Barry Laverty has just graduated from Queen’s University in Belfast, Northern Ireland. Now a medical doctor, he hopes to be hired as assistant to an older country doctor. We meet him searching for the tiny town of Ballybucklebo. A bicyclist appears and clues him in. He should watch for a red barn and a black and white cow. The next thing will be the house he is seeking, the home of Doctor Fingal Flahertie O’Reilly.

After an explosive encounter, in which Fingal opens the door and ejects a patient bodily from his office, Barry is welcomed by the doctor, a large man who smokes and appears to have quite a temper. Fingal seems glad to see him. He soon sees the disorganized doctor’s office, the waiting room “wallpapered with god-awful roses,” the surgery and the exit door. He realizes that Fingal is intelligent but opinionated, and has his own way of practicing medicine. He is also witty and well-read, dropping quotes from literature which Barry is able to finish or identify. A photo on the wall of HMS Warspite assures Barry’s future, as it turns out Barry’s father served on this ship with Fingal during World War II.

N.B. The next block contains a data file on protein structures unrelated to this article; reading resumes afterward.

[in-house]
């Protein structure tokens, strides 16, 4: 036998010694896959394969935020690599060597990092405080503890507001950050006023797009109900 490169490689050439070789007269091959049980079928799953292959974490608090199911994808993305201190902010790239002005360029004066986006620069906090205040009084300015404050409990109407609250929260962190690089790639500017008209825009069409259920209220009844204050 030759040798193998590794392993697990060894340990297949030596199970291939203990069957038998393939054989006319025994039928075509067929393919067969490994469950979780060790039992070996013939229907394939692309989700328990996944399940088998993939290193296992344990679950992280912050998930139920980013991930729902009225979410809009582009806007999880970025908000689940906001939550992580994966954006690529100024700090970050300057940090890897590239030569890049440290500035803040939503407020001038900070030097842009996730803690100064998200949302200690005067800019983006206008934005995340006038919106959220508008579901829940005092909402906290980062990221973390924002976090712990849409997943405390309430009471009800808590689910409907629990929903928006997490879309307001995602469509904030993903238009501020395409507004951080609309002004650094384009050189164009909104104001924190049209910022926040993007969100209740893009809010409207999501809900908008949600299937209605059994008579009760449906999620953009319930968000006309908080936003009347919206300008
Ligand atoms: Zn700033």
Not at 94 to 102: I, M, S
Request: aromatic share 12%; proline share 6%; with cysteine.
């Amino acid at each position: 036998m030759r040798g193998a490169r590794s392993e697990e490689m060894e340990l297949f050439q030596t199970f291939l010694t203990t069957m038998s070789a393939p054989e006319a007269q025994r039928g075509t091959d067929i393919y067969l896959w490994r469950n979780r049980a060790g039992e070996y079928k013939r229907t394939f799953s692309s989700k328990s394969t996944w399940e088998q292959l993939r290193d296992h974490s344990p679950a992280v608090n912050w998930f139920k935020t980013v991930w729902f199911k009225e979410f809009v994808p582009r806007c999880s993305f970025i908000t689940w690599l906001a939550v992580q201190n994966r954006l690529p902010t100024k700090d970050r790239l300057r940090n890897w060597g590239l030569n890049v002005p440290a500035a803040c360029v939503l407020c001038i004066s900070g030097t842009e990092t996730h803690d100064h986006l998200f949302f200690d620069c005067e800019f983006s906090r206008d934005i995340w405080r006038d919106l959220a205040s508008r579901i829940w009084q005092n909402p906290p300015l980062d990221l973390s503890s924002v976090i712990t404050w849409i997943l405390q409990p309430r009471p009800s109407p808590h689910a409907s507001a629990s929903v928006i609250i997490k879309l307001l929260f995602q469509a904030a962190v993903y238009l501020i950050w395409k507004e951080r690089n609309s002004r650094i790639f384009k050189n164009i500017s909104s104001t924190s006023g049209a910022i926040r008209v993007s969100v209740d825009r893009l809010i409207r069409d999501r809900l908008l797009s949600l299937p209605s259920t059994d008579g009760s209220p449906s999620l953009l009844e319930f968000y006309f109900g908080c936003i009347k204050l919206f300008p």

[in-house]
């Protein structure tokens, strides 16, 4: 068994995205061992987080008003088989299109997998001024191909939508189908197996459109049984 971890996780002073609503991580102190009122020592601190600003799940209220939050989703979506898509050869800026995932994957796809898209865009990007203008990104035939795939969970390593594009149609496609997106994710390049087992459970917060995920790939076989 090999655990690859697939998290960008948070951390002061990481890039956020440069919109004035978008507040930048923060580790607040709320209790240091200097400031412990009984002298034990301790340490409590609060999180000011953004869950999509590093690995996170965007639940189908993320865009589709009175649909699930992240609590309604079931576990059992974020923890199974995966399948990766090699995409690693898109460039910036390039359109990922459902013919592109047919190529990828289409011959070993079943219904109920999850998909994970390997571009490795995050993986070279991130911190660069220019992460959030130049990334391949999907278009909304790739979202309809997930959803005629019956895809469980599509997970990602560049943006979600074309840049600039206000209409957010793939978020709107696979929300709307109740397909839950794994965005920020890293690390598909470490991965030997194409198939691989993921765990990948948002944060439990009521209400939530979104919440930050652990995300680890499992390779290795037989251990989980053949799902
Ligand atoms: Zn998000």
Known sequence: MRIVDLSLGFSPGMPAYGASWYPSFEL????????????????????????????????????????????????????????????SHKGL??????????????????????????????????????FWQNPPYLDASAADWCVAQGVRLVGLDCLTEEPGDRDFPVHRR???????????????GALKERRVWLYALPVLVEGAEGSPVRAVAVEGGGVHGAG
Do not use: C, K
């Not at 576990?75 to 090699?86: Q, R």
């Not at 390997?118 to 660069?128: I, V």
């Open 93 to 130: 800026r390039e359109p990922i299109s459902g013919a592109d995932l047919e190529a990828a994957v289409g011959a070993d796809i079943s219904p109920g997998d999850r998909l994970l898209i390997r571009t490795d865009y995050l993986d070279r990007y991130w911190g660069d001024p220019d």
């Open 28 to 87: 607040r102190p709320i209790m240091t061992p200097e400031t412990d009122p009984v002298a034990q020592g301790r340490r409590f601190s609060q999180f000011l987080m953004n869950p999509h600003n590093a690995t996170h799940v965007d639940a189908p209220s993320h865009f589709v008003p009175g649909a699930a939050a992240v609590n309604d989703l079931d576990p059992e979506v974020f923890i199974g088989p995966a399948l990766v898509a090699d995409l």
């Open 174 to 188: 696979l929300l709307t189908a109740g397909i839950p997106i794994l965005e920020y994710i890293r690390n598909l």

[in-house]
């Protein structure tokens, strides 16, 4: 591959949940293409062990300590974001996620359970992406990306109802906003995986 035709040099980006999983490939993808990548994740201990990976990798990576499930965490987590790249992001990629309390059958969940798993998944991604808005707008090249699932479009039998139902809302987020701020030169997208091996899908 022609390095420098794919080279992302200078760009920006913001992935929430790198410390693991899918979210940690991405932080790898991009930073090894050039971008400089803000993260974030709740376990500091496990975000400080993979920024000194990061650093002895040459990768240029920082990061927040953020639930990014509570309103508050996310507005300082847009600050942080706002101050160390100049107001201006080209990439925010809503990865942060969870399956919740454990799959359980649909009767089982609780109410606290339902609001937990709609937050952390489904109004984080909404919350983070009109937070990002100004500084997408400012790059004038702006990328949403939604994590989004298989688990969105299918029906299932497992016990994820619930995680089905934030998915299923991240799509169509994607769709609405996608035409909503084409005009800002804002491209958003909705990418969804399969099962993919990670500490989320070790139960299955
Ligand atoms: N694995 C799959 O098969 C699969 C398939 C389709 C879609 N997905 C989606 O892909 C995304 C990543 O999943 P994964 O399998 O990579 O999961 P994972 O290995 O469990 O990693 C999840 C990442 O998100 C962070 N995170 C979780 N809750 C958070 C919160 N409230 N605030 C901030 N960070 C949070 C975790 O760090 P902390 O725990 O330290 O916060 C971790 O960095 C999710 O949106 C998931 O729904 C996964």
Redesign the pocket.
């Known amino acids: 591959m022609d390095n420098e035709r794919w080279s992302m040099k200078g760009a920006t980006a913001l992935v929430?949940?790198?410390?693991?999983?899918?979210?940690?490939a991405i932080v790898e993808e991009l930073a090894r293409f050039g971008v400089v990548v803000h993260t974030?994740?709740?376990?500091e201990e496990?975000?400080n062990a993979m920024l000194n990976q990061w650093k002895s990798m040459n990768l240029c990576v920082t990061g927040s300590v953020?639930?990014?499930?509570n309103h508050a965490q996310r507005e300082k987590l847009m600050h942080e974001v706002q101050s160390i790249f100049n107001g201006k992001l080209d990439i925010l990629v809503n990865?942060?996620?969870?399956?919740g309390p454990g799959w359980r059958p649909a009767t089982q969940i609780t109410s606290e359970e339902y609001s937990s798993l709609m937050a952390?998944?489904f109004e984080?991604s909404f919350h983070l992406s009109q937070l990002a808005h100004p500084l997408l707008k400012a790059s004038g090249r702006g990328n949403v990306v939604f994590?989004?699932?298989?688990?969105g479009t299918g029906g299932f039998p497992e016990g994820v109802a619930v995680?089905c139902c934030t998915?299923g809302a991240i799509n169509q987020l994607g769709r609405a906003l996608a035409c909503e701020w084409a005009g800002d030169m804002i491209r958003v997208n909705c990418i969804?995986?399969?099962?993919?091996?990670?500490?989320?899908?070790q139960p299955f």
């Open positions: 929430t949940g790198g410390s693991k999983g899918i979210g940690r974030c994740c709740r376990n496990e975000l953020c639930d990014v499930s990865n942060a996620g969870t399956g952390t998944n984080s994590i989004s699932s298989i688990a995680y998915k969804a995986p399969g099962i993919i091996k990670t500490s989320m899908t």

The two doctors make a good pair, as Fingal offers tradition and experience, coupled with cutting corners, while Barry contributes careful by-the-book practices. The patients turn out to be colorful and exasperating, but Mrs. Kincaid, Fingal’s housekeeper and secretary, is a wonderful cook and she welcomes Barry like a son. The household is rounded out by Arthur Guinness, an affectionate gundog whose favorite activities are jumping up and putting his muddy paws on Barry’s shirt, and peeing on his pants and shoes, and by Lady Macbeth, a crazed cat who might attack and claw you when you least expect it.

The Irish lilt, tippling, music, hopes, and dreams keep this story moving along in slapstick fashion. And yes, Barry meets a girl. There are recipes, and there are other books in this series